Make Comfort Food Like a Holistic Nutritionist

Make Comfort Food Like a Holistic Nutritionist

The cook behind My New Roots shares the healthiest risotto recipe we've ever tasted. (Hint: it doesn't involve any rice.)

If there’s anyone who knows how to make a plant-based, largely vegan and gluten-free diet a more delicious and actually exciting undertaking than order-in Thai, it’s Sarah Britton of My New Roots. Leading up to the release of her first cookbook on March 31 (aptly titled My New Roots), we asked the holistic nutritionist and cook to share some of her all-time favorite recipes right here. Check back weekly for plenty of healthy inspiration.

Miraculous Rice-less Risotto with Ramps and Asparagus

Serves 2

“This was a cool recipe. This actually [came out of] a chef collaboration I did in Amsterdam [with Schilo van Coevorden] two springs ago. It was his idea to do a risotto based on white asparagus. This is a really good example of how I work with chefs: they come up with a cool technique and then we’ll adjust the ingredients to be more health conscious.

I really like this one. It’s incredibly creamy, really simple to make, very few ingredients. It’s just fresh, and such a celebration of spring with the wild leek pesto. It’s delicious. If you want to make it with rice, you can totally do that. If you can’t find white asparagus, which also tends to be a little expensive, go with a grain; it’s really good with quinoa, with barley—it’s pretty customizable.”


4-6 large white asparagus spears, approx. 370g
2 shallots, minced
1 Tbsp. ghee or olive oil
a couple pinches salt
For garnish: Pecorino Romano, lemon zest, white pepper, cold-pressed olive oil

1 bunch green asparagus, approx. 300g
1 bunch wild leeks (ramps)
1 ½ Tbsp. cold pressed olive oil
½ Tbsp. lemon juice
1-3 Tbsp. cooking liquid
salt to taste
a small squirt of honey
Pecorino Romano to taste (lots!)


1. Begin by preparing the sauce. Snap off and discard the woody ends of the green asparagus, wash them well and chop them into similar size pieces. Rinse the ramps well, removing any soil.

2. Bring a pot of water the boil, add the asparagus and simmer for 1 minute. Turn off the heat and add the ramps, submerging them in the water for 1 more minute, just to take the raw edge off. Do not overcook! Immediately drain the asparagus and ramps reserving the cooking liquid in a separate bowl. Rinse the vegetables under very cold water, or submerge them in an ice bath to halt the cooking process. Reserve 2-3 pieces asparagus for garnish.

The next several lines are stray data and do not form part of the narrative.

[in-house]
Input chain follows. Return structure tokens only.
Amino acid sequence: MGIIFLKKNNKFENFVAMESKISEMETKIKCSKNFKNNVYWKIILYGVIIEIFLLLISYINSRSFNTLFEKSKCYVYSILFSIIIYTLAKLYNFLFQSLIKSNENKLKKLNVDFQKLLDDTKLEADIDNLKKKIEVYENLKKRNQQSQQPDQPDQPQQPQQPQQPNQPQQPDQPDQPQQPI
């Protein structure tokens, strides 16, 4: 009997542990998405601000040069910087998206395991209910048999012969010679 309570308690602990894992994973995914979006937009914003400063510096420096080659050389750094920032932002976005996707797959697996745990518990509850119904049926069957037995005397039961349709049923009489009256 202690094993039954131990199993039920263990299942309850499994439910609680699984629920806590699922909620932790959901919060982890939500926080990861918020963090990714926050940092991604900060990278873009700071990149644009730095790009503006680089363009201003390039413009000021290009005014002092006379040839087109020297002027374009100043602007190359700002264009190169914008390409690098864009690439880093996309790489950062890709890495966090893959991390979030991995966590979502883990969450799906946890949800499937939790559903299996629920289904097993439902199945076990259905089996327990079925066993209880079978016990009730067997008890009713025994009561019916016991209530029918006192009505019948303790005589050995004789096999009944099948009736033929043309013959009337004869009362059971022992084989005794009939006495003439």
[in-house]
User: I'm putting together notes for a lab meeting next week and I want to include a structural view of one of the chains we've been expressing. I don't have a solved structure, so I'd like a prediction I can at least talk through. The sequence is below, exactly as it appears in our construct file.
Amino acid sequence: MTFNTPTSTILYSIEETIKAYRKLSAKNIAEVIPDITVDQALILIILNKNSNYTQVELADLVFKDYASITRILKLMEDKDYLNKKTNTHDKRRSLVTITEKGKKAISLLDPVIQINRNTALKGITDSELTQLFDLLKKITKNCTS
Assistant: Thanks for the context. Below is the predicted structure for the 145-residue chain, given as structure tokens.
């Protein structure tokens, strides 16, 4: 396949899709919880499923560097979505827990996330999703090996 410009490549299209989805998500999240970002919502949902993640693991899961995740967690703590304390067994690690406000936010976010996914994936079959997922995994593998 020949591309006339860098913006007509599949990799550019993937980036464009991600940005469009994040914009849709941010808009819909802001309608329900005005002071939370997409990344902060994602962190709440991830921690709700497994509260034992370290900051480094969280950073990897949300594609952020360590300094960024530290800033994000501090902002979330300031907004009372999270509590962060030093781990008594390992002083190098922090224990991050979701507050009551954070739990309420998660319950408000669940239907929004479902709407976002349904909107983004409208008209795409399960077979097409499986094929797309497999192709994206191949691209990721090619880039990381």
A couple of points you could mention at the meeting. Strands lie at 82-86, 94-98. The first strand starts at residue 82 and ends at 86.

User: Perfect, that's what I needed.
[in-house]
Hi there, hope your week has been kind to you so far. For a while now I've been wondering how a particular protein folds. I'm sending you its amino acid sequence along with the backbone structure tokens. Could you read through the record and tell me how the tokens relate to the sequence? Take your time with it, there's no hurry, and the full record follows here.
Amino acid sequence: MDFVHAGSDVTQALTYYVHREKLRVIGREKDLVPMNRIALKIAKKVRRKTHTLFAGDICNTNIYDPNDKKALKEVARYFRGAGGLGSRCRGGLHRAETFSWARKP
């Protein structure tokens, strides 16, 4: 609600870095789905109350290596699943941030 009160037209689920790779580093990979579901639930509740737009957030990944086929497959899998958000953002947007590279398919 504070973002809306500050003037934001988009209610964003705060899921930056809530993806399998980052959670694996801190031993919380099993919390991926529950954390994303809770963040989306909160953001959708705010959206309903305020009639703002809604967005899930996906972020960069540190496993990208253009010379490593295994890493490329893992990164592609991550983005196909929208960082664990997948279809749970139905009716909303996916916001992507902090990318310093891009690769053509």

3. Add the cooked asparagus, ramps and remaining sauce ingredients (except for the salt and cheese) to a blender and process on high until smooth. Add cheese and salt, taste for seasoning. If necessary, add more cooking liquid to achieve a thinner sauce.

4. Prepare the asparagus “rice”. Peel the white asparagus from the base all the way to the tip. Using a mandoline, a julienne peeler/slicer, or your excellent knife skills, create long, thin vertical strips. Line them up, then cut them across to create very small “grains”, each about the size of a grain of rice. Set aside. Mince shallots.

5. In a frying pan heat a little ghee or olive oil (if using olive oil make sure to cook over low heat!), add the shallots and a pinch or two of sea salt. Cook until the shallots have nicely caramelized, about 7-10 minutes. Add the white asparagus rice and stir to combine with the shallots. Cook for 5 minutes until slightly softened. Add the green sauce and fold into the rice, warming it. Continue to add the asparagus/ramps cooking liquid that you reserved, or just water, to thin out the consistency. The texture should be like regular risotto: loose and creamy, not sticky and dry nor too wet and soupy. Make sure it is hot all the way through. Season to taste, add more cheese if desired (sooooo gooooooood).

6. Plate the risotto and sprinkle with lemon zest, white pepper, more cheese if desired, and olive oil. Add a couple pieces of asparagus to the top and serve immediately.
Read more about this recipe on My New Roots. Photography courtesy Sarah Britton.
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